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Interview: Terminal Reality's Kreiner Talks Infernal Engine, Kinect
Interview: Terminal Reality's Kreiner Talks Infernal Engine, Kinect Exclusive
August 17, 2010 | By Leigh Alexander

August 17, 2010 | By Leigh Alexander
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More: Console/PC, Exclusive, Programming



While it only began significantly ramping up licensing plans for the Infernal Engine a year and a half ago, Terminal Reality has been licensing out its game engine behind the scenes for the past several years, amassing over 15 licensees and some 25 games in development overall on the tech.

Today, the studio reveals that a number of new and upcoming titles are built on its engine, including Disney's Guilty Party, Konami's Def Jam Rapstar (to which it's been contributing development, along with 4mm Games), LucasArts' The Force Unleashed 2, Sega's Captain America and Thor, plus Activision's Wipeout: The Game and High Voltage's The Grinder.

The company itself has two studios and a separate engine team, and at any given time it's working on two titles itself. Though the studio hasn't announced what it's currently working on besides Def Jam Rapstar, reliable Gamasutra sources tell us that Terminal Reality is using its Infernal Engine to develop Star Wars Kinect.

Talking to Gamasutra, VP Joe Kreiner wouldn't confirm or offer details, but tells us that the studio does have a Kinect project in-house, and that the tech-heavy developer is learning a lot from having early access to the equipment. Ultimately, says Kreiner, Terminal Reality's Infernal Engine will support developers of new motion controls, including Move and Wii (as with Sega's Captain America on Wii).

"Having early access to the Kinect equipment has been very useful, not only for us here, but also for our other engine licensees that are interested in making games for the tech," Kreiner tells us. "When a hardware manufacturer gives us early access to either a new console or a new piece of hardware, it only benefits them, because it multiplies the number of developers that are going to get a head start on developing for that platform."

Kreiner calls Kinect "a radical departure in the way people play video games. You really have to focus on design; it's a design challenge." The Terminal Reality team has thrown itself full-force into exploring those challenges: "We've set up Kinect experience rooms at the studios," he says. "We've set up a living room environment where we can test gameplay and see... for a new device like this, you really need to continually be testing to see what's fun, and also watching what other game developers are doing to try to learn what they've learned."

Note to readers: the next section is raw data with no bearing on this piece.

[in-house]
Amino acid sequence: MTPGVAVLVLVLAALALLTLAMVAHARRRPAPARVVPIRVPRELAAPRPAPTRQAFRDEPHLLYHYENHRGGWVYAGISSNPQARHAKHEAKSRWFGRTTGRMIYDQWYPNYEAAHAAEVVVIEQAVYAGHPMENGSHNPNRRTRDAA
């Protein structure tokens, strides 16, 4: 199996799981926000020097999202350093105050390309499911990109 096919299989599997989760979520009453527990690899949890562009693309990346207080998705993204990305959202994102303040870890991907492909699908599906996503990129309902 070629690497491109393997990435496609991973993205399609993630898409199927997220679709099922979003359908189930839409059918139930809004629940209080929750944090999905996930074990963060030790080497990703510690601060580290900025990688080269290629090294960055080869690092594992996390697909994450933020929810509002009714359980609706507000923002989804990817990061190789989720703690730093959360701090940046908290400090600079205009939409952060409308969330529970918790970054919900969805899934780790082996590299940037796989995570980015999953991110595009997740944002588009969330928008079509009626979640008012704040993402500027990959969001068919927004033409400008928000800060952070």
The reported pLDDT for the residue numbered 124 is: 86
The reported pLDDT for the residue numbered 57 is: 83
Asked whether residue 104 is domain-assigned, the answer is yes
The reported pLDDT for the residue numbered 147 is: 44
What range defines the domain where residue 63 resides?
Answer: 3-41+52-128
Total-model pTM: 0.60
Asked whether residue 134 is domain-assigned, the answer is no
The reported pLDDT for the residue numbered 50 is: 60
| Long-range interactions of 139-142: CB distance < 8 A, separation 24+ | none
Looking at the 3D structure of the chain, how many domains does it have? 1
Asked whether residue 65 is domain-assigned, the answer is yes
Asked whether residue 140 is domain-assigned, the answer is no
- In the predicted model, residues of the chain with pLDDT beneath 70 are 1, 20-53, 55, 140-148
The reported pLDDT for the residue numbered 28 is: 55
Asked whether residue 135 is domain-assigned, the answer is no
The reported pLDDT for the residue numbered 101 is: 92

"But we've found that the most important thing is to really have our designers using Kinect on a regular basis... to see what's really going to draw you into the experience," he adds.

Terminal Reality built such a considerable base of licensees using Infernal Engine for major projects in such a short time because the technology had been carefully tuned, says Kreiner, long before the studio revealed their plans to license it publicly. "We were licensing it behind the scenes for several years to other studios like Red Fly down in Austin... for a couple of years before we actually took it public," he says. "We wanted to verify we had all the pieces of the puzzle in place, the support structure... because we'd been focused on the technology for so long."

Kreiner tells us that the company's tech focus, and the quality of Ghostbusters -- the title that marked Infernal Engine's big debut -- helped attract Microsoft to this level of partnership with the studio. "Coming off of Ghostbusters, we were with Microsoft to show them the Infernal Engine; we were showing them Ghostbusters during that meeting, and they thought it was a high-quality title, it did very well on Metacritic," he explains. "When they were looking for developers to do some of these titles for Kinect, I think we were pretty high on the list."

Without providing details on the specific project, Kreiner suggests: "Our studio focuses on action-adventure games, like Ghostbusters -- it just seemed to fit, while you have an IP similar in stature to Ghostbusters, though maybe more of a deep kind of thing... it was a similar project, and they were looking for a quality developer."

Kreiner says Terminal Reality is on board with the perspective of the platform-holders that sees new motion control technology as a refresh of the console cycle that will ultimately lengthen it: "I think Microsoft, for sure with Kinect, is treating it as a way to broaden the audience for the Xbox 360," he suggests.

"Because we're focused on tech here at Terminal Reality, we'd love to see the next gen of consoles come out sooner rather than later, just because it's new hardware for us to support and a technology direction we want to go in," he says. "But as developers, it's always good to work on hardware that has been around, and you know what it's capabilities are."

Does Kinect feel like a new platform? "Kinect is really a revolution in gameplay, whereas the base hardware for the Xbox 360 has been around for a long time and is a very known quantity for us," Kreiner says. "We have excellent support [for Xbox 360] in Infernal Engine. I wouldn't say it feels like a new platform, it just feels like a completely different design strategy to make the games fun."


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